By Kim McConnell firstname.lastname@example.org
Proposals to help the City of Lawton, some of its related entities and its customers respond to COVID-19 will top the agenda when the City Council meets today.
The session will begin at 6 p.m. in the auditorium of Lawton City Hall, Southwest 9th and C.
As has been the norm since mid-March, the agenda will include discussions of city activities related to the COVID-19 pandemic: specifically, actions Lawton is taking to contain the spread of the virus.
Topping the list is approval for two city entities — Lawton-Fort Sill Regional Airport and the Lawton Area Transit System (LATS) — to apply for grants under the national CARES Act passed by Congress to provide economic help to entities facing economic impacts because of changes forced by the pandemic.
The airport is seeking $1,197,853 for operational expenses, an amount sufficient to provide 100 percent federal share (meaning, no local funding is necessary) to cover airport operations for a year. In addition, LATS managers will file an application seeking $4,524,945 for transit operations, sufficient to provide 100 percent federal share for all projects related to transit operation for the next 15-18 months. Typically, the City of Lawton funds half of LATS’ operating budget, with other percentage shares of projects such as new equipment and facilities.
Both entities have faced revenue losses due to fewer customers using their services. Lawton-Fort Sill Regional Airport has fewer flights (only one or two) per day and also is facing revenue losses from tenants (such as car rental agencies) who pay a percent of their revenues to the airport but who also are not operating.
LATS still is operating, but is restricting the number of passengers that may ride its buses at one time and running fewer routes, while offering free rides since early April.
In another change related to the COVID-19 pandemic, Ward 6 Councilman Sean Fortenbaugh has asked the city manager to look at late fees, charges and penalties normally assessed under city code, to see which can be suspended during the city’s Civil Emergency Proclamation.
In his agenda commentary, Fortenbaugh said the pandemic is having a negative impact on businesses and he wanted to see what kind of relief the City of Lawton might be able to provide city businesses. His request asks the council to direct city staff to survey late fees, charges and penalties normally charged. City officials already have taken some actions to help alleviate problems for residents, including last month’s suspension of disconnections of water accounts for lack of payment.
Any other actions the council may consider will be included under an agenda item that has become standard on council agendas since March 16, when the Civil Emergency Proclamation was first issued. The agenda item allows the council to discuss the status of the COVID-19 pandemic as it relates to the City of Lawton, including the Civil Emergency Proclamation issued by Mayor Stan Booker.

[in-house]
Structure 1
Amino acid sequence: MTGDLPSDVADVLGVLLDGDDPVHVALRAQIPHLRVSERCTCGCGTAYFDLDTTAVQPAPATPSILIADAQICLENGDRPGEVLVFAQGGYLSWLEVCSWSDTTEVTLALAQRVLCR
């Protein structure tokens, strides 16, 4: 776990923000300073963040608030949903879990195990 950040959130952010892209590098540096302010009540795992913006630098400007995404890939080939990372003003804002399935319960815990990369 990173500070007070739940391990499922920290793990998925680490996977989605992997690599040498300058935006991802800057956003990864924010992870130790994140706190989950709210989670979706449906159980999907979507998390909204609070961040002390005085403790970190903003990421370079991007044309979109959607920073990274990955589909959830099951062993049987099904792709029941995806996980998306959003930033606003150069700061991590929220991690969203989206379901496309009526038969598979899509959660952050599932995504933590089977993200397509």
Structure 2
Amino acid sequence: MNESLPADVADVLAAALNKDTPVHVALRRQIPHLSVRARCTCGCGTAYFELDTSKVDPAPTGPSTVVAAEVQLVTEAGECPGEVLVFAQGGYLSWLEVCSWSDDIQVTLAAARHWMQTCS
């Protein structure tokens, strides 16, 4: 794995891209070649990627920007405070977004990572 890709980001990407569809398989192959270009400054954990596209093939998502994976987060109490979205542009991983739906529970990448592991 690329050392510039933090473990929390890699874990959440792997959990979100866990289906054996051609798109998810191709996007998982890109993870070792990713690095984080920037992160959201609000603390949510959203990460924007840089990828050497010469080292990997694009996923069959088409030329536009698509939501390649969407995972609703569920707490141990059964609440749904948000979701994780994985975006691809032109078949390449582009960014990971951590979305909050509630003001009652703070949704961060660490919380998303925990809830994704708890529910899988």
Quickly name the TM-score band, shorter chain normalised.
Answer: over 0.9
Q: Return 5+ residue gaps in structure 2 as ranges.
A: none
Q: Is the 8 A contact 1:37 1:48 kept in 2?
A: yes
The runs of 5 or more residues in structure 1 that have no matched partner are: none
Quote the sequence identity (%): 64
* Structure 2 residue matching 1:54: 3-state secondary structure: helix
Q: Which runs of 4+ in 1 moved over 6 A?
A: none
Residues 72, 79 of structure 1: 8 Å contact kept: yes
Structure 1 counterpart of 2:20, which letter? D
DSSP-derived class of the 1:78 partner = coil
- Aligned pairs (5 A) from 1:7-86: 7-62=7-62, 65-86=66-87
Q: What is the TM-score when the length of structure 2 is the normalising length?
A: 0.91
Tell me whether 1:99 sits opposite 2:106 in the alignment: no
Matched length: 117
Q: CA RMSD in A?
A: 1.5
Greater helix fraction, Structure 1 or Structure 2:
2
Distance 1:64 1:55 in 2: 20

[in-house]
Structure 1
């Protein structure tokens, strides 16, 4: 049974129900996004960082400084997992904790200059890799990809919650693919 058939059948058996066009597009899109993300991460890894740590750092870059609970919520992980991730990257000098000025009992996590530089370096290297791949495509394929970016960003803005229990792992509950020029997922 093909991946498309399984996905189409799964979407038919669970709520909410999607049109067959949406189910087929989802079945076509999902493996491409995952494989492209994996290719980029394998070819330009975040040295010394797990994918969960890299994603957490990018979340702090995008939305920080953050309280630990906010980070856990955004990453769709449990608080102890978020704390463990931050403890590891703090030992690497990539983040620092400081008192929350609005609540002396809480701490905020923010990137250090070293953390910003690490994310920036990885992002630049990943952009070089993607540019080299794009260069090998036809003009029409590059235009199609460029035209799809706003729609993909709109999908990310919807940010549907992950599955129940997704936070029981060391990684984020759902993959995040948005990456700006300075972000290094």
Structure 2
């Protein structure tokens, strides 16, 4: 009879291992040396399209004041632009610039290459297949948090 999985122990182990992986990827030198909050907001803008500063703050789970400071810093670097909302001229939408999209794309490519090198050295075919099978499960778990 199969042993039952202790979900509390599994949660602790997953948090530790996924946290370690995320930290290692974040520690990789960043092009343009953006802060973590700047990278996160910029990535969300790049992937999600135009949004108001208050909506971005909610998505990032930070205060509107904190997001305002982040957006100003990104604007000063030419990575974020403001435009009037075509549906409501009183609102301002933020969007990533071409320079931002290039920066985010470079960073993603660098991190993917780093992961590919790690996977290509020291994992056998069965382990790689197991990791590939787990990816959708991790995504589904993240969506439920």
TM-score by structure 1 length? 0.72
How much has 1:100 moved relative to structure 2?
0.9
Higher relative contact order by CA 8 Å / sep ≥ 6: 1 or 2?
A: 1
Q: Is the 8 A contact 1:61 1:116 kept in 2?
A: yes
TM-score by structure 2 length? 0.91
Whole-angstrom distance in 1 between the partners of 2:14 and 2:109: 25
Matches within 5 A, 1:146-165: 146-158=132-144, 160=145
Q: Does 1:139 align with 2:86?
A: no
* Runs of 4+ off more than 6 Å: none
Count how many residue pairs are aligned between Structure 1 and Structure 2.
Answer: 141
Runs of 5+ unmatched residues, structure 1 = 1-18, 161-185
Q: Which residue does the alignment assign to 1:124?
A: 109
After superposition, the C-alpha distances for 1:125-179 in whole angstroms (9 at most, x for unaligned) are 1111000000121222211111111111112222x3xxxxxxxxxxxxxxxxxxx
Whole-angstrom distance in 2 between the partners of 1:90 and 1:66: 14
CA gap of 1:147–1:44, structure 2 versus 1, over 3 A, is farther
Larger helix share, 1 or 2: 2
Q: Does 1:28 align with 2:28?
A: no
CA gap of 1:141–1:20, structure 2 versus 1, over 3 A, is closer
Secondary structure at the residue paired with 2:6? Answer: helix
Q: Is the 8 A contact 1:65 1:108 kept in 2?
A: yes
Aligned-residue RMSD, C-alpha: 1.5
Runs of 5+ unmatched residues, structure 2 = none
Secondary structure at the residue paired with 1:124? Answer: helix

Last week, Booker and Mayor Pro Tem/Ward 4 Councilman Jay Burk issued a proclamation amendment saying Lawton would follow the three-phase plan to reopen the state announced last week by Gov. Kevin Stitt. Following Stitt’s directives this week would allow indoor dining at restaurants, sporting venues, gymnasiums and movie theaters to reopen Friday, as well as allowing churches to reopen for in-person meetings or worship. Those openings are based on strict criteria that the businesses/entities must follow.
Council members indicated last week that while the city cannot have less strict guidelines in place than the State of Oklahoma, it can have stricter regulations. While Lawton allowed personal care businesses to reopen April 24, Oklahoma City and Tulsa were among the cities that did not.
In other business, the council will consider an early retirement incentive plan proposed by City Manager Michael Cleghorn. The proposal would encourage employees to take retirement in exchange for the city paying a retiree’s medical insurance premium for one year, or giving him/her a lump sum equivalent to one year of health insurance premiums. To quality, employees must declare their retirement plans by May 15, then either retire prior to July 1 or request to be put on terminal leave prior to the end of the 2020-2021 fiscal year (June 30, 2021).
City staff has calculated the cost of one year’s worth of pre-Medicare cost at $7,687.32, or $5,275.32 for a Medicare retiree. City staff also calculated the cost savings for taking that option would be 75 to 90 percent of the annual salary of each qualifying retiree.
In other business, the council will consider:
• Meeting in executive session to discuss the hiring of a city attorney to replace former City Attorney Frank Jensen, who left his post as city attorney in August 2019, and retired from the city in March. Council discussion is expected to include evaluation of candidates who have submitted applications for the post.
• Meeting in executive session for an update on tort claims filed by six female employees alleging administrative and elected officials knew about harassing actions by Jensen.
• Setting the filing period and calling elections for the City Council Ward 6, 7 and 8 seats. The filing period will be June 15-17, with the primary election set for Aug. 25 and the runoff (if needed) Nov. 3. As defined by city charter, those running for council must be a registered voter and a resident in the ward they seek to represent for at least six months prior to filing. There is no filing fee.